A fracture is a break in the bone and this can occur anywhere in the body from head to toe. Fractures can be simple (if there is only two pieces) or comminuted (when the bone shatters). These fractures can remain within the skin and soft tissues, so called closed fractures or when there is significant trauma the bones can protrude outside the skin and these are called open fractures. Fractures can affect any part of the bone. If they affect the joint they are called articular fractures. The most common type of fracture is one that affects the main shaft of the bone a so called diaphyseal fracture. In young patients, growth plates (physes) are areas of cartilage from where the bone grows, which can become fractured. This group of fractures are graded using the Salter Harris classification.
Most fractures are as a result of trauma such as a road traffic accident or fall but some can result from repetitive strain and these can be termed stress fractures. The latter type is less common in veterinary patients.
Fracture management depends on many factors including but not exclusively
Some fractures can be managed with strict rest alone. On occasions, we will use external splinting to treat a fracture but this is only applicable in a small number of cases. Splints and dressings can cause significant soft tissue damage and are not as well tolerated by veterinary patients as they are in humans. However, many fractures require surgery, which can lead to a more rapid and predictable recovery.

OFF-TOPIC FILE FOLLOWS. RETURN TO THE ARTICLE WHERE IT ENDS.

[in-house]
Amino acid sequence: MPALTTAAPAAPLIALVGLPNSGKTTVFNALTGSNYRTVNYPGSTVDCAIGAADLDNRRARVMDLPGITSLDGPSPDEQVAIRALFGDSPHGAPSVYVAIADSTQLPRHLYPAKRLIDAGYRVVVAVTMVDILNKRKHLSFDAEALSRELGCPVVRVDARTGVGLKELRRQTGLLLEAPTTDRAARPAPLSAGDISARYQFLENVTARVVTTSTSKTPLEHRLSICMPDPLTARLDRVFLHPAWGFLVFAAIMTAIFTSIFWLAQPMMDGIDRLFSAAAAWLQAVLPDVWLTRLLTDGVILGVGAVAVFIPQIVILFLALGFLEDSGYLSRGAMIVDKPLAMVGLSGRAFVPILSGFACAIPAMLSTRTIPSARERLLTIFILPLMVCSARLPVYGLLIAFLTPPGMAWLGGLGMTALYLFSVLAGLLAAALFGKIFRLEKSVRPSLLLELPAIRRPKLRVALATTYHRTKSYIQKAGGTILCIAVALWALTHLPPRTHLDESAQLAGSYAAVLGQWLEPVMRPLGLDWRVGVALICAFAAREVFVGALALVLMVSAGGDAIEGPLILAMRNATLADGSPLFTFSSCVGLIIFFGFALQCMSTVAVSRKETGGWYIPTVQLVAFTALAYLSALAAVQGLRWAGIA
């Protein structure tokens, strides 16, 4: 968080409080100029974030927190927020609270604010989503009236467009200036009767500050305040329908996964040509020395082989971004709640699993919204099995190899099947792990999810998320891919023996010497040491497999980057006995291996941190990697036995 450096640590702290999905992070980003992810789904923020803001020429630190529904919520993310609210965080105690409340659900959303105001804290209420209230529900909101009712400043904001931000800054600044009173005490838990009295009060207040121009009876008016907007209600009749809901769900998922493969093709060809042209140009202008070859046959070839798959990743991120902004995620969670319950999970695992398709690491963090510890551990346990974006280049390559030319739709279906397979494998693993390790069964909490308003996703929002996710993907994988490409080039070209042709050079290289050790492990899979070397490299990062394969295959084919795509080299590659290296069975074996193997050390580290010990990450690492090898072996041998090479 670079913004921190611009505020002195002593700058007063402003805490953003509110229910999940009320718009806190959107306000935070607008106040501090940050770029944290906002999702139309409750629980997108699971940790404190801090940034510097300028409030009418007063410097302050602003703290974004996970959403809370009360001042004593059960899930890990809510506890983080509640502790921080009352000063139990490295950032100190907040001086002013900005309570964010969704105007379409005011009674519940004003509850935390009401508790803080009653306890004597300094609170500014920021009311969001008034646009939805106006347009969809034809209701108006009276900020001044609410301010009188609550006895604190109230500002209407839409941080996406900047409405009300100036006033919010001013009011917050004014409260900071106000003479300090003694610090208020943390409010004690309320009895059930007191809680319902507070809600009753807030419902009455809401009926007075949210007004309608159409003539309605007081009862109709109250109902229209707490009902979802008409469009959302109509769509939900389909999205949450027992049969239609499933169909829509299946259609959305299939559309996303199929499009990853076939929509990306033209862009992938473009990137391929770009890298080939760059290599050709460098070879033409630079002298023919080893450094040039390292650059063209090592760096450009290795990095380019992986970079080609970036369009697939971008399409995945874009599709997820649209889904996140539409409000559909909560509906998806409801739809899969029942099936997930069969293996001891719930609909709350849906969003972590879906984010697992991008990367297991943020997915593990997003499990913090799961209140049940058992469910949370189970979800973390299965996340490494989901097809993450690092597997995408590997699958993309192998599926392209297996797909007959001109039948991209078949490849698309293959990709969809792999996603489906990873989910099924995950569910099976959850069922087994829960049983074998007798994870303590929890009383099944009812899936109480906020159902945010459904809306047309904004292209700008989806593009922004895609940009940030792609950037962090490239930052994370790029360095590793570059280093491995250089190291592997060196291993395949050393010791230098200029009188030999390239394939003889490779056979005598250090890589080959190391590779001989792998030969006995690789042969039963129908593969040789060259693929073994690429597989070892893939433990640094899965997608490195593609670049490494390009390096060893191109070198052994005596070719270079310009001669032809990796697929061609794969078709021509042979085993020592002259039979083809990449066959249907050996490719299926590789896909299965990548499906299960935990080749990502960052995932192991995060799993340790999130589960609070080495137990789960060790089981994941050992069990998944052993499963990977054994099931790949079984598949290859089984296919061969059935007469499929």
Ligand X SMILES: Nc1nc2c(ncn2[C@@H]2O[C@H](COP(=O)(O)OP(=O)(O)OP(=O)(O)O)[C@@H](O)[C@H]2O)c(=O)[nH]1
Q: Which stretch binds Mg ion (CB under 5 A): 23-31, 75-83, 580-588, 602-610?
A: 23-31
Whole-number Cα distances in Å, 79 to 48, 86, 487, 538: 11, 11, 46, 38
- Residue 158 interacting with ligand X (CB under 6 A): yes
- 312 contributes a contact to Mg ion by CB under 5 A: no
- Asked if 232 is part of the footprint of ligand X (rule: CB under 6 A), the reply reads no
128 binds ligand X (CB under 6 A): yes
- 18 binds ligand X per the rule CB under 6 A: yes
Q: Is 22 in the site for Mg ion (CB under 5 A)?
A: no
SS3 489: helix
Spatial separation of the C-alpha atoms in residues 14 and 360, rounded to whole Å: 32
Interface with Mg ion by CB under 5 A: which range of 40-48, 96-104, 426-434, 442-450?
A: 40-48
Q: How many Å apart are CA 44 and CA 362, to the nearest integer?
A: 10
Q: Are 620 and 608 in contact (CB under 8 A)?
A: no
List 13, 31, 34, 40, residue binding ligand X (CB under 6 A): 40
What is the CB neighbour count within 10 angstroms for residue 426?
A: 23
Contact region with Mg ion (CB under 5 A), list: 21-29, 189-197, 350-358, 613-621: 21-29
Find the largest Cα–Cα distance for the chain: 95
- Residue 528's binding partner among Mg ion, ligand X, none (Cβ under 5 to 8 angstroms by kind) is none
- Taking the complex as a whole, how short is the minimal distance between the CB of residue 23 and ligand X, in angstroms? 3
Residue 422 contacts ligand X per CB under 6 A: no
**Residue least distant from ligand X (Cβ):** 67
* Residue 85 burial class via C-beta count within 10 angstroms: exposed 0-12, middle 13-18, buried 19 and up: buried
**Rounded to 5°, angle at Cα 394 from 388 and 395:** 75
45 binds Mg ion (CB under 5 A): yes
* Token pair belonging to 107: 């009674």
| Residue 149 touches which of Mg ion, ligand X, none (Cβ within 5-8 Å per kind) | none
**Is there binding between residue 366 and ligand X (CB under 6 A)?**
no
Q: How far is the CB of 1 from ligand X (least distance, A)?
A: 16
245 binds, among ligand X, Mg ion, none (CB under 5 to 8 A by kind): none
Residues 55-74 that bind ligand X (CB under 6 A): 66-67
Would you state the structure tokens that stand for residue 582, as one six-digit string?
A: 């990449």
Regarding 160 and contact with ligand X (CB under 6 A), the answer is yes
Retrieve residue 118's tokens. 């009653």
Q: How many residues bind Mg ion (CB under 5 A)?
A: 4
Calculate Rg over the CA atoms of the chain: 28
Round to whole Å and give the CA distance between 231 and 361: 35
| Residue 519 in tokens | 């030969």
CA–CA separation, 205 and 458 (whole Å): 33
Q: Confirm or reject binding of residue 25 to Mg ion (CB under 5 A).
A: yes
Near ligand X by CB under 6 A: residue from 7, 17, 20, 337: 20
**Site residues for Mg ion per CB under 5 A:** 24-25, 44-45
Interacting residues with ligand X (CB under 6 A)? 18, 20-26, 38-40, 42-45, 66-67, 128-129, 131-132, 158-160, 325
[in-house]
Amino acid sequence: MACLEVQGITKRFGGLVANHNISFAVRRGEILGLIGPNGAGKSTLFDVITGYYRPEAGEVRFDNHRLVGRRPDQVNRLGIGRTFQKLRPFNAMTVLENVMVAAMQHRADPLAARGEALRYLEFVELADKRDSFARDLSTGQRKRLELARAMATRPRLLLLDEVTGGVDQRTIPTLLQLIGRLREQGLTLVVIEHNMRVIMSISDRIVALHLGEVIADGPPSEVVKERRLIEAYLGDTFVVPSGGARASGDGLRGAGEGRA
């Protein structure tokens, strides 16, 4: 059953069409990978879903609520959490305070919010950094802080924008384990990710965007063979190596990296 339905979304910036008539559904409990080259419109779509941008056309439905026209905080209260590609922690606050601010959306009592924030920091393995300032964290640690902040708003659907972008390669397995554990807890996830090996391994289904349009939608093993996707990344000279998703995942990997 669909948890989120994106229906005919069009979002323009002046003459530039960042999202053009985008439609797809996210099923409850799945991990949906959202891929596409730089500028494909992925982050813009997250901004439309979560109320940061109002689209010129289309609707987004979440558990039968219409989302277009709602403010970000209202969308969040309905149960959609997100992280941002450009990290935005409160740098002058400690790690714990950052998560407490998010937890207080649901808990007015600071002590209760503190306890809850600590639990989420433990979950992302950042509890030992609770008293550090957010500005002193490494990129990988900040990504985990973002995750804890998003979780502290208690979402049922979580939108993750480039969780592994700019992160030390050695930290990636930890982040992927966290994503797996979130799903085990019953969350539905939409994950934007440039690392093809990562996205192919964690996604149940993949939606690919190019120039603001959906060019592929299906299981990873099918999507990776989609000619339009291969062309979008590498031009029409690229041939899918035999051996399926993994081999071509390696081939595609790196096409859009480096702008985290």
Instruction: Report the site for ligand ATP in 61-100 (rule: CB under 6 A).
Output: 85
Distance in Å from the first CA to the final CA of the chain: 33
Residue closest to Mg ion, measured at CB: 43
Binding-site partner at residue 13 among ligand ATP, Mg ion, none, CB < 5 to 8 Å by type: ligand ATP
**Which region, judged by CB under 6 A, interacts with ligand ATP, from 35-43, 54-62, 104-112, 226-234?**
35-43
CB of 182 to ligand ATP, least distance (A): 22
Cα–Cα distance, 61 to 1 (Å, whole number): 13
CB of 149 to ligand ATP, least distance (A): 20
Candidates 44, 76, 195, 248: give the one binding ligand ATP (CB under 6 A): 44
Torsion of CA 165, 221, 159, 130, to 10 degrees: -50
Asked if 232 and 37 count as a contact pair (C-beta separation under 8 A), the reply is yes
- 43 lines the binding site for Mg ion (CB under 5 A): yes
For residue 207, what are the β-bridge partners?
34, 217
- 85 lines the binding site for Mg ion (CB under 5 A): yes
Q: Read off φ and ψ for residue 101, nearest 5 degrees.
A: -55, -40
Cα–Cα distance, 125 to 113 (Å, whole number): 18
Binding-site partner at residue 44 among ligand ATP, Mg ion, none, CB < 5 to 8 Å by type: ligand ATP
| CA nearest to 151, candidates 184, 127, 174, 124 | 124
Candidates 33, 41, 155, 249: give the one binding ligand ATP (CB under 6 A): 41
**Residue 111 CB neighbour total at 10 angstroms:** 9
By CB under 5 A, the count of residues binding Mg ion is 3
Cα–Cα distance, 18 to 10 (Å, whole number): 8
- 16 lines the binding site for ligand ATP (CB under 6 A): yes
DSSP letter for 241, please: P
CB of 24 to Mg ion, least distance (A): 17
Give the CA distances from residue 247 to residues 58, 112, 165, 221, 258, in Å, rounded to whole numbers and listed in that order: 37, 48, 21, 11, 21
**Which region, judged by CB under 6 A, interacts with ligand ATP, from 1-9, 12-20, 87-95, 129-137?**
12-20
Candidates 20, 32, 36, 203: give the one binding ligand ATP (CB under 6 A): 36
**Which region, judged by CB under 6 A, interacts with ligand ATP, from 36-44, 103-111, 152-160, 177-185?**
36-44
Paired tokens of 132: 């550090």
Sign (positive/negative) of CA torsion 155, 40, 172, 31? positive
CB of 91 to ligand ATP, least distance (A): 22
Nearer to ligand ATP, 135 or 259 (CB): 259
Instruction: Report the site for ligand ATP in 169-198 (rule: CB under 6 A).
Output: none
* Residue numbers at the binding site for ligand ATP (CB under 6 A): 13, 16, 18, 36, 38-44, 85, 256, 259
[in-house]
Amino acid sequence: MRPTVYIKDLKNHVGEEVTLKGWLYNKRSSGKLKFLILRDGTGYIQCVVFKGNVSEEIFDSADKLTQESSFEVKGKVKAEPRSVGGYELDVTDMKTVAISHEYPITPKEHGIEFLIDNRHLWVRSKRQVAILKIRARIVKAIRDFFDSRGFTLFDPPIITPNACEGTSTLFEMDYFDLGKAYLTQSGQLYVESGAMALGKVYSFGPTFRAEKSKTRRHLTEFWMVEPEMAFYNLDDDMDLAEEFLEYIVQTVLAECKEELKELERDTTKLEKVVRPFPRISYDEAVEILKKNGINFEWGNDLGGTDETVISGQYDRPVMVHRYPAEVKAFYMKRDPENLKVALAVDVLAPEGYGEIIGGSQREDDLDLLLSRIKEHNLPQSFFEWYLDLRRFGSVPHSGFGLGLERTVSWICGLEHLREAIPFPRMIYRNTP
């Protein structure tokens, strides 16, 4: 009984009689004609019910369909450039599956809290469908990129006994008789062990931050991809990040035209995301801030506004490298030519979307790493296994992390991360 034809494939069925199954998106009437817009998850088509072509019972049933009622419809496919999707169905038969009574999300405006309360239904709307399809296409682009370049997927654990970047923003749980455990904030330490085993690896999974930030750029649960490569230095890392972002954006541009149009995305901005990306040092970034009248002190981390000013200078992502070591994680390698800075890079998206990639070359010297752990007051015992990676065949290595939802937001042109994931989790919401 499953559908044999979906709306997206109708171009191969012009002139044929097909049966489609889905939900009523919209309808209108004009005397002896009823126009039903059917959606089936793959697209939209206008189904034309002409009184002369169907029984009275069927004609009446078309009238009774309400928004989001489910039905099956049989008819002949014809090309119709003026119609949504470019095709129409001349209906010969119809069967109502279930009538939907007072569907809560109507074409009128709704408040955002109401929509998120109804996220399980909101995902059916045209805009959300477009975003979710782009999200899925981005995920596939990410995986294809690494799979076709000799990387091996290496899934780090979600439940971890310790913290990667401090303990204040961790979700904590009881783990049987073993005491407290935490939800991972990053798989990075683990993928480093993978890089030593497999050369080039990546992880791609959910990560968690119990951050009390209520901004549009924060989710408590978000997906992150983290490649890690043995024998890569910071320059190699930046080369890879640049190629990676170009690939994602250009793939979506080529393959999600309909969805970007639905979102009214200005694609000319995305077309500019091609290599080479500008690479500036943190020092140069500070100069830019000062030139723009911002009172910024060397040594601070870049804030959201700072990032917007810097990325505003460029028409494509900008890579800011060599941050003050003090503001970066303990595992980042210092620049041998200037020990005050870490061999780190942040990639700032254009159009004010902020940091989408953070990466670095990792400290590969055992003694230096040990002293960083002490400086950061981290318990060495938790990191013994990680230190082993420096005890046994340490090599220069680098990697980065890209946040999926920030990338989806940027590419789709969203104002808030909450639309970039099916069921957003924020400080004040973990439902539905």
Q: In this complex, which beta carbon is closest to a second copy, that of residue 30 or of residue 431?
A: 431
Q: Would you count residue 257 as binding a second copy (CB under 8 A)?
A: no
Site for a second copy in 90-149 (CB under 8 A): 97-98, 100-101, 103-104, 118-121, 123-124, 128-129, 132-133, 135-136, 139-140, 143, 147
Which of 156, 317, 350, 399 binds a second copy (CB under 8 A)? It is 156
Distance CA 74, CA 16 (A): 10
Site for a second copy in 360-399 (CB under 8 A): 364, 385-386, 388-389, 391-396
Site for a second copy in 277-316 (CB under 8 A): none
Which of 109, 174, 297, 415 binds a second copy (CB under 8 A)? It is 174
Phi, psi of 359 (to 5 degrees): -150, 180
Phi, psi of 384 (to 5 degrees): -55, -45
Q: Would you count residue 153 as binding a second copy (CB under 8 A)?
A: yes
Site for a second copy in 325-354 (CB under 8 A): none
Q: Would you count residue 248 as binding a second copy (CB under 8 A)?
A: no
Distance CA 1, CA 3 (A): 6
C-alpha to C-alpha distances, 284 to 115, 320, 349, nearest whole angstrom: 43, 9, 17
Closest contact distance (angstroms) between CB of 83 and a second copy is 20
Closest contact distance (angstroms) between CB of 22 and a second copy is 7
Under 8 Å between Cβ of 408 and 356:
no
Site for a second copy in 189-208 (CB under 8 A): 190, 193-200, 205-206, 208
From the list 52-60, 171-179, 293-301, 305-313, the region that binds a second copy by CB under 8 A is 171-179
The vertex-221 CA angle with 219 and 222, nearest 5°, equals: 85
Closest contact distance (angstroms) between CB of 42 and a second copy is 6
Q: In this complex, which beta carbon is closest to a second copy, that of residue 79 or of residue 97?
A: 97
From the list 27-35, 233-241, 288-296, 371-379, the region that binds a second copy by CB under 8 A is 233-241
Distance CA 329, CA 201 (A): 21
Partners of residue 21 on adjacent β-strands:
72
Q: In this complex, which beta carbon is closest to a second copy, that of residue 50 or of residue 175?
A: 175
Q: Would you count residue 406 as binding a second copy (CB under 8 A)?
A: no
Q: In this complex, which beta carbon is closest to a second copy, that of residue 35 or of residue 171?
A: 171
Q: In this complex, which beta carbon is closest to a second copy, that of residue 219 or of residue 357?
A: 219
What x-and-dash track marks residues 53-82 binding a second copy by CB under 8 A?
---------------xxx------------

What is the outcome after fracture repair?
The outcome is dependent on many factors. The type of fracture and its cause play a significant part in the outcome. The location of the fracture influences recovery, as a fracture of the joint will have more impact on the future due to osteoarthritis development than one affecting the shaft of the bone. Complications can affect outcome and some fractures are more prone to complications than others. Overall the outlook for most fractures is favourable and our surgeons will discuss the potential issues associated with surgery along with the multiple benefits. Our aim is to return patients to normal or as near normal function as possible wherever we can.
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